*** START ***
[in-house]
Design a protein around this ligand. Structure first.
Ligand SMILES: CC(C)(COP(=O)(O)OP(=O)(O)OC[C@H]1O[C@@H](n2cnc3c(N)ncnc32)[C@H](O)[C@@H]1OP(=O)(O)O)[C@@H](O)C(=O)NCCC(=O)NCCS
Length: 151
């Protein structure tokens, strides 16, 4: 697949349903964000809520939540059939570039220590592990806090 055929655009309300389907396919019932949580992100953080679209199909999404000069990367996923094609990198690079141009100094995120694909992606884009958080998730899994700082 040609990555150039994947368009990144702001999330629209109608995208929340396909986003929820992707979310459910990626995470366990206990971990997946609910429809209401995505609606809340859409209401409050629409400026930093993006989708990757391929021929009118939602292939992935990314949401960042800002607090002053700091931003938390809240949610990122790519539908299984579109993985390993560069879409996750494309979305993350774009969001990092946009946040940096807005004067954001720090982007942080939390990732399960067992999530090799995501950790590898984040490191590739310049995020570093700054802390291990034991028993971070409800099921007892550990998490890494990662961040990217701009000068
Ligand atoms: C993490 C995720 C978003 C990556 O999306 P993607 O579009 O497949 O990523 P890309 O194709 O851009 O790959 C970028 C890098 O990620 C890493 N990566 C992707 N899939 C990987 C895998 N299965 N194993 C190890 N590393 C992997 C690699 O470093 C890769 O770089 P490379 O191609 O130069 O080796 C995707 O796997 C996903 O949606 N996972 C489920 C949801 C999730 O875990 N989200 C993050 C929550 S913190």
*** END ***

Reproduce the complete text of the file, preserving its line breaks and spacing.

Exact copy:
[in-house]
Design a protein around this ligand. Structure first.
Ligand SMILES: CC(C)(COP(=O)(O)OP(=O)(O)OC[C@H]1O[C@@H](n2cnc3c(N)ncnc32)[C@H](O)[C@@H]1OP(=O)(O)O)[C@@H](O)C(=O)NCCC(=O)NCCS
Length: 151
């Protein structure tokens, strides 16, 4: 697949349903964000809520939540059939570039220590592990806090 055929655009309300389907396919019932949580992100953080679209199909999404000069990367996923094609990198690079141009100094995120694909992606884009958080998730899994700082 040609990555150039994947368009990144702001999330629209109608995208929340396909986003929820992707979310459910990626995470366990206990971990997946609910429809209401995505609606809340859409209401409050629409400026930093993006989708990757391929021929009118939602292939992935990314949401960042800002607090002053700091931003938390809240949610990122790519539908299984579109993985390993560069879409996750494309979305993350774009969001990092946009946040940096807005004067954001720090982007942080939390990732399960067992999530090799995501950790590898984040490191590739310049995020570093700054802390291990034991028993971070409800099921007892550990998490890494990662961040990217701009000068
Ligand atoms: C993490 C995720 C978003 C990556 O999306 P993607 O579009 O497949 O990523 P890309 O194709 O851009 O790959 C970028 C890098 O990620 C890493 N990566 C992707 N899939 C990987 C895998 N299965 N194993 C190890 N590393 C992997 C690699 O470093 C890769 O770089 P490379 O191609 O130069 O080796 C995707 O796997 C996903 O949606 N996972 C489920 C949801 C999730 O875990 N989200 C993050 C929550 S913190």